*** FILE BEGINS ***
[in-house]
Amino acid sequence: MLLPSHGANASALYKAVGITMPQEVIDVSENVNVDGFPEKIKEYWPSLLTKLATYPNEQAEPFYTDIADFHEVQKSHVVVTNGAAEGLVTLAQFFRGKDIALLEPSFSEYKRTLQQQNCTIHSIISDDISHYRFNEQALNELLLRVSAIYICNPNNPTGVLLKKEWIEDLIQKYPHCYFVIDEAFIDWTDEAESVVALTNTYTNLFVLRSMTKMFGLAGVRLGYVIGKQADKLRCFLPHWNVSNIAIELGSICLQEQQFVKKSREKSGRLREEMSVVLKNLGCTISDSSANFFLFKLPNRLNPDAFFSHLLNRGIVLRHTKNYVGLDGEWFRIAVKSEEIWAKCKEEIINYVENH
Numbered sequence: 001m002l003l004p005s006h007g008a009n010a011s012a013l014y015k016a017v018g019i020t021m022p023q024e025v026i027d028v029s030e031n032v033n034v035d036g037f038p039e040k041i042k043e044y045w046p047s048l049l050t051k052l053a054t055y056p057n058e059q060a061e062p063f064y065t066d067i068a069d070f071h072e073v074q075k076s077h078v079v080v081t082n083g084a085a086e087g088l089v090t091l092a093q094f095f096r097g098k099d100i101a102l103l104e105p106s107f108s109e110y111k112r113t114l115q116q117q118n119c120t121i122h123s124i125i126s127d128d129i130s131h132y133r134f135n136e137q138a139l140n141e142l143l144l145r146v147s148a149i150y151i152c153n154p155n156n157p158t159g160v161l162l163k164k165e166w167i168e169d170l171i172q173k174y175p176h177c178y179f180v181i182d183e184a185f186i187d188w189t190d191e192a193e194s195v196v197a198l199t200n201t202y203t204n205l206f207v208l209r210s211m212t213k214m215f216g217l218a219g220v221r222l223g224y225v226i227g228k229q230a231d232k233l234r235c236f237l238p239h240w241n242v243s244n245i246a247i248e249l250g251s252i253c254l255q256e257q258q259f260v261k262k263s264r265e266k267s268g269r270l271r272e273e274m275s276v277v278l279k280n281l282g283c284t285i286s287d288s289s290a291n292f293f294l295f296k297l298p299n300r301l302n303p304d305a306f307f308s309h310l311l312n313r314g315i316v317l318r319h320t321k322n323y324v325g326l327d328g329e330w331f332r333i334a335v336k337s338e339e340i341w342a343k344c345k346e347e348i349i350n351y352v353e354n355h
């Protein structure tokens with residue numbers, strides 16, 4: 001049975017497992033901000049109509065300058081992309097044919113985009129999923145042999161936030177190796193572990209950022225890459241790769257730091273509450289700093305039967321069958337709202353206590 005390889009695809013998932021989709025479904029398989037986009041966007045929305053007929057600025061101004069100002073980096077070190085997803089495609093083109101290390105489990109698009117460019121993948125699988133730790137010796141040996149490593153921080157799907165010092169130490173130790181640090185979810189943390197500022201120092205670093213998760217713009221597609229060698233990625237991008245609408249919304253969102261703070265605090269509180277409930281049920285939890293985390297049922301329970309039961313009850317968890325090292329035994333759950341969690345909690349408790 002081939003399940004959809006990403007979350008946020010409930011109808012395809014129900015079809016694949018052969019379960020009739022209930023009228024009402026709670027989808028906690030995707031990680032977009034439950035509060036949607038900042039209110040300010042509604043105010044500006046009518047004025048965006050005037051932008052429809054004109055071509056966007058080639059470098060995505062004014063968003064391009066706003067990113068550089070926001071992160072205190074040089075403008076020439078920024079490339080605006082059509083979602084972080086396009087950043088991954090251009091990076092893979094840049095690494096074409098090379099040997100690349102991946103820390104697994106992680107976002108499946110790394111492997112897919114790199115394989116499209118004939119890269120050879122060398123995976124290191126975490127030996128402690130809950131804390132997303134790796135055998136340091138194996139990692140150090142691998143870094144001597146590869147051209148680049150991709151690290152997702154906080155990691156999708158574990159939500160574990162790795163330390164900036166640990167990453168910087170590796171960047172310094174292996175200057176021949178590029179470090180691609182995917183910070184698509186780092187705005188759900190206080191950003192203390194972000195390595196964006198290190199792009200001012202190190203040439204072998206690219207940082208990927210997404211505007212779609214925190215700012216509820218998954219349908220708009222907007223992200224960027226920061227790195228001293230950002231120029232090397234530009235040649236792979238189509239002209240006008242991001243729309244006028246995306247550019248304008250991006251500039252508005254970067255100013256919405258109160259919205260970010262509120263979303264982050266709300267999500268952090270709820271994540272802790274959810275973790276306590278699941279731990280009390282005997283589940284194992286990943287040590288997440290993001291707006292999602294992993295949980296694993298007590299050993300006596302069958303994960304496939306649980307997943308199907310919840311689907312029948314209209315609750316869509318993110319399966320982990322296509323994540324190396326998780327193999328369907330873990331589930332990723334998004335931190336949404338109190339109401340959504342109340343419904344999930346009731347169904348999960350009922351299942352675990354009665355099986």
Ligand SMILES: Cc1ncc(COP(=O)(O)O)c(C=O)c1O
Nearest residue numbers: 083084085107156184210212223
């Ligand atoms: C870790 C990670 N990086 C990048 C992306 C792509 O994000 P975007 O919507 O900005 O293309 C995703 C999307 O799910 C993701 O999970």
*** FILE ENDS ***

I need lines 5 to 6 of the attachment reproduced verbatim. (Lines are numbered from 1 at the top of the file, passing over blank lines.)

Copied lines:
Ligand SMILES: Cc1ncc(COP(=O)(O)O)c(C=O)c1O
Nearest residue numbers: 083084085107156184210212223